From: Meridian, ID:

(This post is the fourth in a series. If you wish to read the story in proper chronological order, start with the post for November 19, 2014.)

So Wednesday morning dawned and the morning routine goes smoothly. We have two deer tags remaining to be filled – Jerry’s and mine – and four elk tags to be used (hopefully). I don’t remember for sure what George fixed for breakfast…I think it was just regular eggs to order, bacon, coffee, and toast. Ho hum! Isn’t it amazing how quickly the human animal can be spoiled into boredom?

(Porch hangin' with Jason, Jerry, Erik, Carl, and Greg.)

(Porch hangin’ with Jason, Jerry, Erik, Carl, and Greg.)

As usual, we spent the evening before with a combination of “hanging out” on the porch and more “hanging out” in the living room, made toasty by the wonderful wood stove in the corner. (I’m not sure why we call it a “wood stove;” I’m pretty sure it’s actually made of cast iron.) Part of the attraction of the porch, no matter the temperature, is that there are two or three smokers in our group…and the very last thing we would think of doing would be to light up inside someone’s house. The other attraction found on the porch is the beer keg. As of Tuesday night, we were still on the first one, although by then it was getting close to empty. No worries, though…the second one awaits.

(Hangin' in the living room, with Greg, Jerry, and Erik.)

(Hangin’ in the living room, with Greg, Jerry, and Erik.)

Until a few years ago, the wood-burning stoves – one in the living room and the kitchen cook stove – were the only source of inside heat, and during the span of a week in November, we could go through quite a large portion of that wood you see stacked on the porch. Now, since Deanna had electric power run to the cabin, there are electric wall heaters that take care of most of the interior heating. If nothing else, it cuts down on the time required to replace the wood used from the porch stacks.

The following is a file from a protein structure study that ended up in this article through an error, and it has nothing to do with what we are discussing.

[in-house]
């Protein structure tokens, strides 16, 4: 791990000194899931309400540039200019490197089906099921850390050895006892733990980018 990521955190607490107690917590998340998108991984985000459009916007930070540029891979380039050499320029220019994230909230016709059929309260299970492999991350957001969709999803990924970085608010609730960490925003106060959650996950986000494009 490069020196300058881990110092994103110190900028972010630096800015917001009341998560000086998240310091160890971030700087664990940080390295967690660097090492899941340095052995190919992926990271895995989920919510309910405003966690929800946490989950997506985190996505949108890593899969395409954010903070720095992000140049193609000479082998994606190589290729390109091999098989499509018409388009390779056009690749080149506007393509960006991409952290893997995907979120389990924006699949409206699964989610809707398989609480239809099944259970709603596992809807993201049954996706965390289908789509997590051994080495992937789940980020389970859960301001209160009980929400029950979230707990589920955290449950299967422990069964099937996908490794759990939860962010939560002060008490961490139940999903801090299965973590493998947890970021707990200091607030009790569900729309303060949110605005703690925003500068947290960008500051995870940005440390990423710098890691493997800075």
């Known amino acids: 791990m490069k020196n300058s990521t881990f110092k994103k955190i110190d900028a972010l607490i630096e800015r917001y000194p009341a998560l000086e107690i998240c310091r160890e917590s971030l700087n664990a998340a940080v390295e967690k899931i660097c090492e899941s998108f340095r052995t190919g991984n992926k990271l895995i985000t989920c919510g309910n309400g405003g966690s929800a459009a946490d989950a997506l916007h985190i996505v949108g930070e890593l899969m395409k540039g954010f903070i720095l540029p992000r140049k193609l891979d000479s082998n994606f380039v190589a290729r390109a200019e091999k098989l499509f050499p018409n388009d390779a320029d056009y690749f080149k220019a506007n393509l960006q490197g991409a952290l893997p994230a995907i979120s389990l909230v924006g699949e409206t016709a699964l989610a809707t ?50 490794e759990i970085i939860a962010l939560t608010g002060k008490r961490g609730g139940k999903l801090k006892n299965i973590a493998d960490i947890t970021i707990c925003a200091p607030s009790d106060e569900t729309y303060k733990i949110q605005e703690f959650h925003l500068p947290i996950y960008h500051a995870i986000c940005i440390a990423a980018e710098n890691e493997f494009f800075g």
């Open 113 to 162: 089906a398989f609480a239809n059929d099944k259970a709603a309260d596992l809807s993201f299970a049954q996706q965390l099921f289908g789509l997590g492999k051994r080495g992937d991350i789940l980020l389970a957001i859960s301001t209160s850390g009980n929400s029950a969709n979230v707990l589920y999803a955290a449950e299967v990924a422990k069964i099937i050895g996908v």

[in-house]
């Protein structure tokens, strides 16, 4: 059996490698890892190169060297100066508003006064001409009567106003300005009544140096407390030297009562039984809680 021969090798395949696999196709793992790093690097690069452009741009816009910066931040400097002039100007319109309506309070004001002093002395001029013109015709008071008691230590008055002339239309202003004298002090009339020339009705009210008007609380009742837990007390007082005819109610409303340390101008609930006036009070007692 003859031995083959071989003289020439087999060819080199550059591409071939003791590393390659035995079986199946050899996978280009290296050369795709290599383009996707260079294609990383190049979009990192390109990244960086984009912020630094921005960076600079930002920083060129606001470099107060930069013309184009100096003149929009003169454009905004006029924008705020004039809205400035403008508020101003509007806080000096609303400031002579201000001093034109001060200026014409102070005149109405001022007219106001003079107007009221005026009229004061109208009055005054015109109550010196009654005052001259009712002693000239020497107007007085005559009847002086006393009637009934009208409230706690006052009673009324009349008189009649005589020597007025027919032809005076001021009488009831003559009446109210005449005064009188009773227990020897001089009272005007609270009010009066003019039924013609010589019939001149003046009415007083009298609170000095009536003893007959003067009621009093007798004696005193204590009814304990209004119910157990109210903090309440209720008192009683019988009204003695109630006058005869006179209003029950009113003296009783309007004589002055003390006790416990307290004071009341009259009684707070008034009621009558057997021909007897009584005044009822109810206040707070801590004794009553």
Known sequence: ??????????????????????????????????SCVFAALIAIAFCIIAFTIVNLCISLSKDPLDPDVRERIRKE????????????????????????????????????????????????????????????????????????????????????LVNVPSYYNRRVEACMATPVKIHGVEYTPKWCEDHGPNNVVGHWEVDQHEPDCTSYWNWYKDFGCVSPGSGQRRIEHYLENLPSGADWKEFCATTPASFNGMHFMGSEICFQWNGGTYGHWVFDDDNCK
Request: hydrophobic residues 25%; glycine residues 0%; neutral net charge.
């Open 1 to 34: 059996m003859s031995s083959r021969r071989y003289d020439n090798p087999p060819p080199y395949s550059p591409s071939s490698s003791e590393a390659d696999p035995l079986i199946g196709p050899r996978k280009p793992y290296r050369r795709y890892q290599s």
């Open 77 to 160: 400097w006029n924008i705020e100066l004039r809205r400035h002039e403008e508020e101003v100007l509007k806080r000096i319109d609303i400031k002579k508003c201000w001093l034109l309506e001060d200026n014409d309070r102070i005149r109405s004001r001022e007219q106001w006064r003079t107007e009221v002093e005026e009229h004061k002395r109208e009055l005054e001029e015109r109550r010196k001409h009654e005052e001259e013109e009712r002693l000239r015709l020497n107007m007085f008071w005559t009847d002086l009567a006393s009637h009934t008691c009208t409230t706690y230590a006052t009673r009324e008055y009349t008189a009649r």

As Jerry, Erik and I ride down towards the lower coulees again, we still couldn’t help stopping to glass the several big bucks we saw along the way…all safely rooted on property on which we cannot hunt. (Sometimes, honestly, I think they actually know the property lines.) After checking out a couple of our favorite spots with no sightings, we decided to take a look at the eastern beginnings of Chicken Creek Coulee. Walking the southern rim of the coulee gives one a great view into the bottom, where the creek meanders through swamp grass and, in places, a few scrub trees. Suddenly, I made out three deer lying in the tall grass and sagebrush about halfway down the south-facing slope, enjoying the warmth of the sun…and one was a buck. I was a bit disappointed to see in an instant that he was not a four-point, but he was a fairly large-bodied deer, with a nice, wide three-point rack. I could see that he “made me” right away, and as Erik wheeled up behind me in the pickup, it seemed as though the buck was curious about that, too.

(Bud and his Montana mule deer.)

(Bud and his Montana mule deer.)

But despite the activity in his field of view, neither he nor the two doe near him chose to move. My pet theory about such behavior is that when you come upon a deer standing or lying motionless, its instinct is to assume it is invisible…as it quite often is, or might as well be. In other words, remaining motionless is quite often its best protection. Unfortunately for this fellow, that instinct was the wrong choice in this instance. As soon as I got myself steady, and in a fairly comfortable position, I shot him. Jerry later lasered the distance at 170 yards, downhill. Not a fantastic bit of shooting, but I was happy with it. There’s always a bit more pressure when one knows there is an audience, you know. The buck never got up from his morning nap, although the two doe – and a small forked horn buck I hadn’t seen – quickly lit out down the coulee while the shot was still echoing in their ears.